Rehabilitating Fahrenheit

For most of my life, I lived in Florida. Sure, I was born in New Jersey, but my family moved South when I was roughly six weeks old. Aside from a few years in Germany and my more recent translocation to Virginia, all the rest of my days were lived in Florida.

It’s for this reason that my brain is broken in a really peculiar way. The only time I’ve ever lived in a place with actual winter, the metric system was in play. The result? I don’t really understand cold temperatures in Fahrenheit. When the temperature drops below 60 degrees Fahrenheit, my brain short circuits and I have no frame of reference for what that feels like.

Unless you tell me it’s 16 degrees Celsius. Then I understand it completely.

Warm temperatures I completely get in Fahrenheit, but cold temps I only grok in Celsius. I have no idea how to dress for 32F, but I’m ready to go when it’s 0C outside. Intellectually I know it’s the exact same thing, but… my brain still doesn’t make that association.

Twelve degrees celcius on a sunny day is a gorgeous, perfect day in my brain, but if you tell me that it’s also 53F, I’m bound to think it’s colder than it really is.

As you might imagine, I spend a lot of time flipping the weather app on my phone between Fahrenheit and Celsius whenever I leave the apartment. I’m trying to forge new associations in my brain about what each of those numbers actually feels like. I think that in time, I can rehabilitate my brain to properly understand cold weather in Fahrenheit.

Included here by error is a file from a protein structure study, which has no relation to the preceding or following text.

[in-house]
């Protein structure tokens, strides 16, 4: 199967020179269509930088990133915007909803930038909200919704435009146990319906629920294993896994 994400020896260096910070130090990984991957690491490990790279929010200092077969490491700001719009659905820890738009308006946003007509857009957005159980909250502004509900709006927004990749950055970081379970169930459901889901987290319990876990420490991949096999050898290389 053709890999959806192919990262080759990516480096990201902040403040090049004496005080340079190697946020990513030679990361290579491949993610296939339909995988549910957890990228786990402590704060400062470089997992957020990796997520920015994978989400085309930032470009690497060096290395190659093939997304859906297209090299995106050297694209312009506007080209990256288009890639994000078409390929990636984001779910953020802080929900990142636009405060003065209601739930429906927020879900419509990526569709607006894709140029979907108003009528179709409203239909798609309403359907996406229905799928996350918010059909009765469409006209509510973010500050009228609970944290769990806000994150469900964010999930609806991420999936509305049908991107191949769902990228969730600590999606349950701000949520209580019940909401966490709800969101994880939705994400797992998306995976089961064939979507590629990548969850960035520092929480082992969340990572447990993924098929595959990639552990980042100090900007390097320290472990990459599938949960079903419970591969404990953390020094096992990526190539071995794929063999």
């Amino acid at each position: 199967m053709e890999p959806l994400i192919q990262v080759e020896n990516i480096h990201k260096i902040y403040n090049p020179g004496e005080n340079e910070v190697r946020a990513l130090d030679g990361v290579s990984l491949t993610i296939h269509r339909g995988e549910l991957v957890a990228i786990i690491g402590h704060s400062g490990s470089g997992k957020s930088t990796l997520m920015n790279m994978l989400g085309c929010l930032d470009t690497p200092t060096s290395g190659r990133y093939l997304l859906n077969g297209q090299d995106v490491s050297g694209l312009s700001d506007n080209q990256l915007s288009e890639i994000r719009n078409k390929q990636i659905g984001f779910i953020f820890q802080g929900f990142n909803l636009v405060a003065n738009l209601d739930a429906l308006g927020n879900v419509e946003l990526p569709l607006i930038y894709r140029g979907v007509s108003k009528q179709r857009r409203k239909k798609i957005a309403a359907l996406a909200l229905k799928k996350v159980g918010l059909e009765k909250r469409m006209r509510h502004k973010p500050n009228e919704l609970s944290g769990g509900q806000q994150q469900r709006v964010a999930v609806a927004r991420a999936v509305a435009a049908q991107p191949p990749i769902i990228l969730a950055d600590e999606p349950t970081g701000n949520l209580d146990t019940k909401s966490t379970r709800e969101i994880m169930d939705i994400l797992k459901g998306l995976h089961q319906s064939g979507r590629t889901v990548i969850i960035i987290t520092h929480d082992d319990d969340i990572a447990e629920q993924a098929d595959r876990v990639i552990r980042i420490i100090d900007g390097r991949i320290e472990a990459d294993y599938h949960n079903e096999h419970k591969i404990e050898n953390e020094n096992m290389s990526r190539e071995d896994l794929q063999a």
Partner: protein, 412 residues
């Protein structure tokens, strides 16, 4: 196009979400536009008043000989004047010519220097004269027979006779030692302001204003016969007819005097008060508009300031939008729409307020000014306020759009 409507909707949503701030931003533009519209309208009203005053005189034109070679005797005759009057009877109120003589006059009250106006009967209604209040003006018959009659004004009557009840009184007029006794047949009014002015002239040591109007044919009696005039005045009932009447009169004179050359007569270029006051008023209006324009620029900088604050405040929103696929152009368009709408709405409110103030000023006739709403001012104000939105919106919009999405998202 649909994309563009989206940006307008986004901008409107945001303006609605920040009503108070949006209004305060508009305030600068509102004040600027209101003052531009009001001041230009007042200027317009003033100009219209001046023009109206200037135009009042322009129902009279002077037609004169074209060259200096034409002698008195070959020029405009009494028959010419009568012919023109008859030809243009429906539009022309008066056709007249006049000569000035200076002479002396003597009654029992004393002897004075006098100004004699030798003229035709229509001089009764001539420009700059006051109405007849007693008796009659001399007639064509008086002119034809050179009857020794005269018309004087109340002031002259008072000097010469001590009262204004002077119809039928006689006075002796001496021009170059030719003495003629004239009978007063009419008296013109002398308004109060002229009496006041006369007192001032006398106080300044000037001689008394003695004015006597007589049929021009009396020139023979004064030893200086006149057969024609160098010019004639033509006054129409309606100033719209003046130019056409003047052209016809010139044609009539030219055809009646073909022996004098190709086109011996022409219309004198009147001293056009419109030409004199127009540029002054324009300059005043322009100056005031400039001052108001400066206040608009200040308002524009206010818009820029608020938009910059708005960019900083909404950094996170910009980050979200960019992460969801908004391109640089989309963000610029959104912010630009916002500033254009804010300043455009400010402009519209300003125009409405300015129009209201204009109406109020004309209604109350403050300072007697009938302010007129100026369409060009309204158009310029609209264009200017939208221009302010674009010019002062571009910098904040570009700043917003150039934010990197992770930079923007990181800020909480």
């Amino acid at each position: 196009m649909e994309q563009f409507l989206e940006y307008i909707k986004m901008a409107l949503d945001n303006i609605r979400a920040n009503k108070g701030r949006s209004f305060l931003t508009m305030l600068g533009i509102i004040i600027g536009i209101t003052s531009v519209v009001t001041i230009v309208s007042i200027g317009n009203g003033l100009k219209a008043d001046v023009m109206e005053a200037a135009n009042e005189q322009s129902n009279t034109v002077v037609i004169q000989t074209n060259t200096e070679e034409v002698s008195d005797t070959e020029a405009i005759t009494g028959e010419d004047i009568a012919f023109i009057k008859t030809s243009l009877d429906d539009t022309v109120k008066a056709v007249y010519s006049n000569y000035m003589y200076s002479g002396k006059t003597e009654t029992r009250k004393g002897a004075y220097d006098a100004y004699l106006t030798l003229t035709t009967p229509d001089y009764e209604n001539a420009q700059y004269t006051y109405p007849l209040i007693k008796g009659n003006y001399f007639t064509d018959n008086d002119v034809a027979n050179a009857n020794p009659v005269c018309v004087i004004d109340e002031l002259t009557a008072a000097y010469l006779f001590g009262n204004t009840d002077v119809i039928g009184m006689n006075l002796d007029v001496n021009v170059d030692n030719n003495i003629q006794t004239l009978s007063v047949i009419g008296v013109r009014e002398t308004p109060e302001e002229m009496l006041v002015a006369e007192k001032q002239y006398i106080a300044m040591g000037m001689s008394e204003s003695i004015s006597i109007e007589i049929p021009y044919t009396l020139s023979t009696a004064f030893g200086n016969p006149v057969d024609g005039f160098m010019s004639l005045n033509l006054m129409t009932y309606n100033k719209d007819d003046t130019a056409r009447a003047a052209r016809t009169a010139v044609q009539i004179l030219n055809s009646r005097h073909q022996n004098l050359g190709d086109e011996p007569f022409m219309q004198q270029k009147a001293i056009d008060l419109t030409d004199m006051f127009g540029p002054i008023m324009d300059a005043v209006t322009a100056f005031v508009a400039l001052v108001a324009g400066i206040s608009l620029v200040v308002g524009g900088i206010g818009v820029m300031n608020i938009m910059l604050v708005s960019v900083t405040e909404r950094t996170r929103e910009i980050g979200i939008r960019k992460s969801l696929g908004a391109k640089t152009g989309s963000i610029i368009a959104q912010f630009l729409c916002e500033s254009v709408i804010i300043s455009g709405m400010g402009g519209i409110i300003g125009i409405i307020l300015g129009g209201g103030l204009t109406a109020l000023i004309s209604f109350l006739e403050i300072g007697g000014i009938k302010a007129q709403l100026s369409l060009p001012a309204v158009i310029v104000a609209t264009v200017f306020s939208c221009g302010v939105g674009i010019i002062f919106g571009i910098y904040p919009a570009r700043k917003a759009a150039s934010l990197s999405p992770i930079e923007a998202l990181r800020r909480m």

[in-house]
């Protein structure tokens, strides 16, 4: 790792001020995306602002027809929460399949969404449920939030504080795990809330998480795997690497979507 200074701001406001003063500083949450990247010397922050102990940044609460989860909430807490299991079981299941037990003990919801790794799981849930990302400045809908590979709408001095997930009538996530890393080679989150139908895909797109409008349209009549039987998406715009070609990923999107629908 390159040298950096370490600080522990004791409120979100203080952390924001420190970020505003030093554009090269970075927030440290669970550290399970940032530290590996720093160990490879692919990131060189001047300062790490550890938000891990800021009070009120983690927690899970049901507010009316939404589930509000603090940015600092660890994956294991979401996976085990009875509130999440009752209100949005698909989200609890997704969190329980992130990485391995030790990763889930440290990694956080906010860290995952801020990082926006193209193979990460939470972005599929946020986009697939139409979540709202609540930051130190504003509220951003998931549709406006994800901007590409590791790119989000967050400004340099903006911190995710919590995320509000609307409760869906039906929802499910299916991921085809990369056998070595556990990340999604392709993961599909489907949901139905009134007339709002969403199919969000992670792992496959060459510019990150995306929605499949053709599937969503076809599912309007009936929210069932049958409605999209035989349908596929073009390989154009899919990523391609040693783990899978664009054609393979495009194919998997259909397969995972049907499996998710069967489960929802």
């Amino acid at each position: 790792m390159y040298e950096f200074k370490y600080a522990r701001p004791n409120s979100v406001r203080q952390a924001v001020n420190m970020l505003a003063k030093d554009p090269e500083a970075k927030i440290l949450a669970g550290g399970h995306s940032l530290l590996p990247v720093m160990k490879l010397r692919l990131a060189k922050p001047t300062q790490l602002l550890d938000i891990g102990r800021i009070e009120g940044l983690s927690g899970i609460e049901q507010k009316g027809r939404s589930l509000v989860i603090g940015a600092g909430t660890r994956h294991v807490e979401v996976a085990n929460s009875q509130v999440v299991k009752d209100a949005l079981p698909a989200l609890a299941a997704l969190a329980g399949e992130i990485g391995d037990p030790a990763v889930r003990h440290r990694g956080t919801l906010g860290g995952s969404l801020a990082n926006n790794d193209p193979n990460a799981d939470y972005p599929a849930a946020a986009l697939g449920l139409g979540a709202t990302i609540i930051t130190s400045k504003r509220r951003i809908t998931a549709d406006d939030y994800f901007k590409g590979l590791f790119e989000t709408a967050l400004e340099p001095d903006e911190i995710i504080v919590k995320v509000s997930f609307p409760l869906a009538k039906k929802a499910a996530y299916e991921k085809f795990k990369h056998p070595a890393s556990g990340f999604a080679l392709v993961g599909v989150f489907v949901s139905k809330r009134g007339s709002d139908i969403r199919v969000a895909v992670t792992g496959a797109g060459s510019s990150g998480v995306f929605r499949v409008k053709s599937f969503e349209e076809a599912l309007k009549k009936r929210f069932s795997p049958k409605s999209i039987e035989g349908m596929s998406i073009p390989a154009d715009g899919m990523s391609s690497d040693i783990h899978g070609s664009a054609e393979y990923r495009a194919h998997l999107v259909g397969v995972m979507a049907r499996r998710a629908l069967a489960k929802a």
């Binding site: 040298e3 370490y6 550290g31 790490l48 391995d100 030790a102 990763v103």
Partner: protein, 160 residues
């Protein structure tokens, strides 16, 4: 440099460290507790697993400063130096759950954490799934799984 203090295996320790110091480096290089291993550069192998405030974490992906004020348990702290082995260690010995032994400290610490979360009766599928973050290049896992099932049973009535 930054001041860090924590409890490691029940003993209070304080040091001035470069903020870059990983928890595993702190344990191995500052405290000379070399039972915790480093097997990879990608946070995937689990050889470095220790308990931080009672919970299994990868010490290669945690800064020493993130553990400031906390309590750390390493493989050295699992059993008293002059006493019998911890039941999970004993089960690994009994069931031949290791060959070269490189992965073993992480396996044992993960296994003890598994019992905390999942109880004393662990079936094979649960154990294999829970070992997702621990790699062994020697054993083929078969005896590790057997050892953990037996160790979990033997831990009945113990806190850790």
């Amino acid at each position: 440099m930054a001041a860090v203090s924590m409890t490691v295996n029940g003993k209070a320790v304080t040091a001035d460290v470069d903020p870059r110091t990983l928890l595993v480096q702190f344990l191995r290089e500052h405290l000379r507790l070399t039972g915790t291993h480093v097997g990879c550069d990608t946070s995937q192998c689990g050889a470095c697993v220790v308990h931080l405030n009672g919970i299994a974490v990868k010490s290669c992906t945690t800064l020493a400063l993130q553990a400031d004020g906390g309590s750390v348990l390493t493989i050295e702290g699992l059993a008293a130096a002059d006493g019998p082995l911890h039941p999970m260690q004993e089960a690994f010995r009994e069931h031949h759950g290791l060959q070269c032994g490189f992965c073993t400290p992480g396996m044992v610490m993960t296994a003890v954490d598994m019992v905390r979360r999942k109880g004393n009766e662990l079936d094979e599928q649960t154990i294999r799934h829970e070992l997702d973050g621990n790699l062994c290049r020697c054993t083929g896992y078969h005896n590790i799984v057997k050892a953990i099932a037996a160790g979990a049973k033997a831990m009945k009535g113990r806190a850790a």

Which sounds nicer to you, 18C or 64F?

7/52

7 thoughts on “Rehabilitating Fahrenheit

  1. 18C definitely!
    We only use the Celsius scale unless you are not referring to the body temperature! If I am told that my temperature is 37C, my mind would be puzzled… cause I am feeling hot, but that’s such a freezing temperature for my body.

    Liked by 1 person

  2. Fahrenheit confuses me. I totally understand single figures = cold, 10ºC and into the teens is mild, anything above 35 is too hot for me. And water freezing at 0 and boiling at 100 is fine – those sound likr sensible numbers. Then Fahrenheit comes along and tries to tell me a number in the 30s is cold. What?!

    Liked by 1 person

  3. Both are too cold, ha! My brain is off in a similar way. I only recognize cooking temperatures in C for whatever childhood reasons, and I’m constantly confused by internal temperature checks that are in F.

    Liked by 1 person

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